By Ryan Grant-Khailani, Third Year, History
The directorial debut of Halina Reijn, Bodies, Bodies, Bodies, is a recent release of horror powerhouse studio A24. Starring Amandla Stenberg, Pete Davidson and Maria Bakalova, this game night turned deadly and is a great choice for a movie night with friends. In a short ninety-five minutes, the audience watches the chaos unfold unto an unsuspecting group of friends with a twist.
The promotional material released for Bodies Bodies Bodies alludes to the subgenre that the movie aims to parody: the slasher horror movie. Traditional slasher formulae and tropes are experimented with alongside a murder mystery, but before long, this movie pivots from a whodunnit to dissection and satire of toxic friendships in the generation of internet-privileged kids.
The setting strongly lends itself to Agatha Christie’s, And Then There Were None; friends gather in a mansion, isolated for miles, coming together to celebrate a hurricane. This odd plot point aside, the lights go out quickly, murder begins, and hysteria ensues. This movie could easily be described as goofy, silly, satirising and using language closely associated with Gen Z culture to evoke humour.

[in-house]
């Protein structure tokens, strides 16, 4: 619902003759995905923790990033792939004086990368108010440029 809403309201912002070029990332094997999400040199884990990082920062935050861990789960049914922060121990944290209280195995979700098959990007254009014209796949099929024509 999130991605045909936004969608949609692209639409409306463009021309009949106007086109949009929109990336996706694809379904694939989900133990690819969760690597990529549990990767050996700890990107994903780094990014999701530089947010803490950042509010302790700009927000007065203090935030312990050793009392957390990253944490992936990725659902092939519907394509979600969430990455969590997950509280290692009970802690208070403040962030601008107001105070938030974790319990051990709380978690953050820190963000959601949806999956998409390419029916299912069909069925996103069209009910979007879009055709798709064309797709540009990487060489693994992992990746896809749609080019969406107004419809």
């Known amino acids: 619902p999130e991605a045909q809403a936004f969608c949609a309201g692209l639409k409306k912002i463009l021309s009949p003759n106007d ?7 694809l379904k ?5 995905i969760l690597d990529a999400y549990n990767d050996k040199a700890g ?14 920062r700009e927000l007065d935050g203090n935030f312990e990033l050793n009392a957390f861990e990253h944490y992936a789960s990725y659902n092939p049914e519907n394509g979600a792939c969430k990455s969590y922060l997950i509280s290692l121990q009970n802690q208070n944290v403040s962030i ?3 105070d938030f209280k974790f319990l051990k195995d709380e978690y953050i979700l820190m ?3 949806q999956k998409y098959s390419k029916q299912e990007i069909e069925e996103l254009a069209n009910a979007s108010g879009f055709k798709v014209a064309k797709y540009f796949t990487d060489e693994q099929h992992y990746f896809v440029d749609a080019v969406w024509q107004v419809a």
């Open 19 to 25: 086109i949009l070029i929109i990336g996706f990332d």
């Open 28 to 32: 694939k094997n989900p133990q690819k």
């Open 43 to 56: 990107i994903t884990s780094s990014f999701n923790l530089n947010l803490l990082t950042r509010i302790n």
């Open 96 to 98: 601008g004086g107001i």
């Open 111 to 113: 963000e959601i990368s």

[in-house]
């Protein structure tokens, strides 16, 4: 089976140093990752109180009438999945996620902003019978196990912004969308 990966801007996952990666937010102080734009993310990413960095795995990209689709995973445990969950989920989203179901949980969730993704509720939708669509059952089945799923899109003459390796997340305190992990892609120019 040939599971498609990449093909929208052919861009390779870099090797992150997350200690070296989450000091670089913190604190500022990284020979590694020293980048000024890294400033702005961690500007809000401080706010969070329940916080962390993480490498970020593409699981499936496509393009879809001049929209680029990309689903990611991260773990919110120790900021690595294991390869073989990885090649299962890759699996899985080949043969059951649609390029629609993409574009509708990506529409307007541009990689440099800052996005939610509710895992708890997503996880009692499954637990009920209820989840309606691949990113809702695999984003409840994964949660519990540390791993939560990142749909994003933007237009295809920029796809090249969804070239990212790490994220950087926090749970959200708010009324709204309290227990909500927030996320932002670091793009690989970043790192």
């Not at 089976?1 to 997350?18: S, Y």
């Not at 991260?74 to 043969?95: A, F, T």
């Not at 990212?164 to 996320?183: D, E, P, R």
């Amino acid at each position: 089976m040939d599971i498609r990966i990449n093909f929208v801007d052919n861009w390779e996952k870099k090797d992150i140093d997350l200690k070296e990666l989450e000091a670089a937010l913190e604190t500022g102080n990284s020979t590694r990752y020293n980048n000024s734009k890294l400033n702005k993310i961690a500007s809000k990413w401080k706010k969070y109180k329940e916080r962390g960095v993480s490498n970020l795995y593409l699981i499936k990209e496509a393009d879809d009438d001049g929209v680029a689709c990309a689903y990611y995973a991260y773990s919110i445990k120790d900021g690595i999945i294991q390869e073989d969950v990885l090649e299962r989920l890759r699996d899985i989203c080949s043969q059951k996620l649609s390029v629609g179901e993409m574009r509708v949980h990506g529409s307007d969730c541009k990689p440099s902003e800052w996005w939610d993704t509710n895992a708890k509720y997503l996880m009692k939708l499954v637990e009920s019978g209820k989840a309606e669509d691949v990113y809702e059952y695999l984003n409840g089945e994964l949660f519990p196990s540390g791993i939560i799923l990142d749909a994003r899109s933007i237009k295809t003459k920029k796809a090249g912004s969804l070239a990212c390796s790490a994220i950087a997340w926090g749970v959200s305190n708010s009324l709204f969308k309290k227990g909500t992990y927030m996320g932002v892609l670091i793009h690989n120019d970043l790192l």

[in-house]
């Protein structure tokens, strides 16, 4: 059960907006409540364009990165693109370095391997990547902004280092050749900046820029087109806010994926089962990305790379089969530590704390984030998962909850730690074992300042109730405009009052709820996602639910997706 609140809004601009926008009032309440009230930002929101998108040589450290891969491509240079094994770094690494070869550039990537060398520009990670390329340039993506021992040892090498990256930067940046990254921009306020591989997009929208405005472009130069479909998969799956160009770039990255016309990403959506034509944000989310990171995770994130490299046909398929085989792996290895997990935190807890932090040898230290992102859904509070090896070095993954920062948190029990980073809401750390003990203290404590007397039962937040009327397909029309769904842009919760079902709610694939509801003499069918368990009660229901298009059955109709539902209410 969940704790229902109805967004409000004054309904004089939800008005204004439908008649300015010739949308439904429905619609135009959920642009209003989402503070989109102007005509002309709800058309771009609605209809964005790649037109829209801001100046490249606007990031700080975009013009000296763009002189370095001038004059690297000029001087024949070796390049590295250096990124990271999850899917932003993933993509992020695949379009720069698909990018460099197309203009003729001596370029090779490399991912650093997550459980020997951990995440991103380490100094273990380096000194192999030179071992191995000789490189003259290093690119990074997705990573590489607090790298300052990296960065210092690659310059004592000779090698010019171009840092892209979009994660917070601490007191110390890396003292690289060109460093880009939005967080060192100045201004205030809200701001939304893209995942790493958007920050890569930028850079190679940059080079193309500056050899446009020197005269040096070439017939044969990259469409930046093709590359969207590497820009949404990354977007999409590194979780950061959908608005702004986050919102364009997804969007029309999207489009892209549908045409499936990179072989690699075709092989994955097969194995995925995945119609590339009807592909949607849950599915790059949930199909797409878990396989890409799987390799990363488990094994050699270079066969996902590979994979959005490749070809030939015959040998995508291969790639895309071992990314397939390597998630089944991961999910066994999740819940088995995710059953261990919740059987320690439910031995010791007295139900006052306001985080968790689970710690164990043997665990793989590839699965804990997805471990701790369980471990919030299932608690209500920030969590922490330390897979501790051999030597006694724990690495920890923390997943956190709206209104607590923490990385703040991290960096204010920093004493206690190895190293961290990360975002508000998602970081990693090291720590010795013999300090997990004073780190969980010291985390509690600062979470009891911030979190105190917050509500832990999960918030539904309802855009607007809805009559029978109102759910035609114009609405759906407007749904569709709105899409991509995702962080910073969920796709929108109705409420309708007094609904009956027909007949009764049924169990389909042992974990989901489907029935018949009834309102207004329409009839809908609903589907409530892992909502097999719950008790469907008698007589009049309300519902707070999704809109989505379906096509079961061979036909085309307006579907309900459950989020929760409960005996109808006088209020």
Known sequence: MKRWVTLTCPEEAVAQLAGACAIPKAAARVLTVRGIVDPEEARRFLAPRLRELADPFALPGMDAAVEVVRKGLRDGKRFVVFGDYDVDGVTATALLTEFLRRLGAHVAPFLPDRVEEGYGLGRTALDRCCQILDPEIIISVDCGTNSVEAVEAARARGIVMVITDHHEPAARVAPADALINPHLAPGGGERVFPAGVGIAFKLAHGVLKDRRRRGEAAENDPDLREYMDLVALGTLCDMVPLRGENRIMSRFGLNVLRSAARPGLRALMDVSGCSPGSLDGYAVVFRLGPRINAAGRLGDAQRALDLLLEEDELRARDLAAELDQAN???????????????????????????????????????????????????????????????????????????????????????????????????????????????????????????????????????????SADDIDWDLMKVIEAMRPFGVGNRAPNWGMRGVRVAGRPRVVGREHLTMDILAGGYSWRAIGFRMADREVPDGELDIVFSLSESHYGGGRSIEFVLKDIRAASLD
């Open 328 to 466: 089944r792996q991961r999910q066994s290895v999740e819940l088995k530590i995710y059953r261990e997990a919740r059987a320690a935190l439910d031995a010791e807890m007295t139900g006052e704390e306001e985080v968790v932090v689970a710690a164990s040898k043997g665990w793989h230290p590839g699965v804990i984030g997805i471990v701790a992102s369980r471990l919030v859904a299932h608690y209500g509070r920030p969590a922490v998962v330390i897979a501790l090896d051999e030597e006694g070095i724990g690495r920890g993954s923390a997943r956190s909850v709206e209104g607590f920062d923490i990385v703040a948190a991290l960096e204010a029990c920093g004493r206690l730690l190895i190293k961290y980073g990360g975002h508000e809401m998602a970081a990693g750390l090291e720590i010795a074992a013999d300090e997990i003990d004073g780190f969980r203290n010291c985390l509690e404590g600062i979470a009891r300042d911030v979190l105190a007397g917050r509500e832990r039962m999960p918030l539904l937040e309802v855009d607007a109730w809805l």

The writing in Bodies Bodies Bodies stands out; the dialogue feels authentic in replicating the conversations and interactions of people from a certain demographic – that being party-oriented newly twenty-somethings with substance abuse issues. The dry humour of the film is unexpected, another subversion of a traditional slasher.
A core element of the movie is a disparaging take on the characters in the film, with a clinically brutal dissection of their flawed personalities sustained throughout. The audience is in on the joke: fear becomes funny, suffering becomes humorous. A bizarre juxtaposition of sympathy and glee is created when the characters increasingly cry ‘why is this happening to us?’ whilst becoming more and more unlikeable. The pacing of the movie reveals only a snippet of this group of friends, and the consequent lack of emotional investment allows us to laugh instead of cry at their despair.
These aspects all work together to create a twist ending that was both well-timed and well-disguised. Tension and frustration are manufactured brilliantly at moments created by both the writing and directorship, but admittedly there are moments that do fall short of masterful execution.
Bodies, Bodies, Bodies adds to the corpus of work from A24, continuing a legacy of horror genre subversion. Whilst the movie should be celebrated for experimenting with a modern interpretation of horror subgenres and tropes, it ultimately doesn’t fulfil its promise.
Featured Image: IMDB
Did Bodies Bodies Bodies' biting satire of Gen Z relationships resonate with you?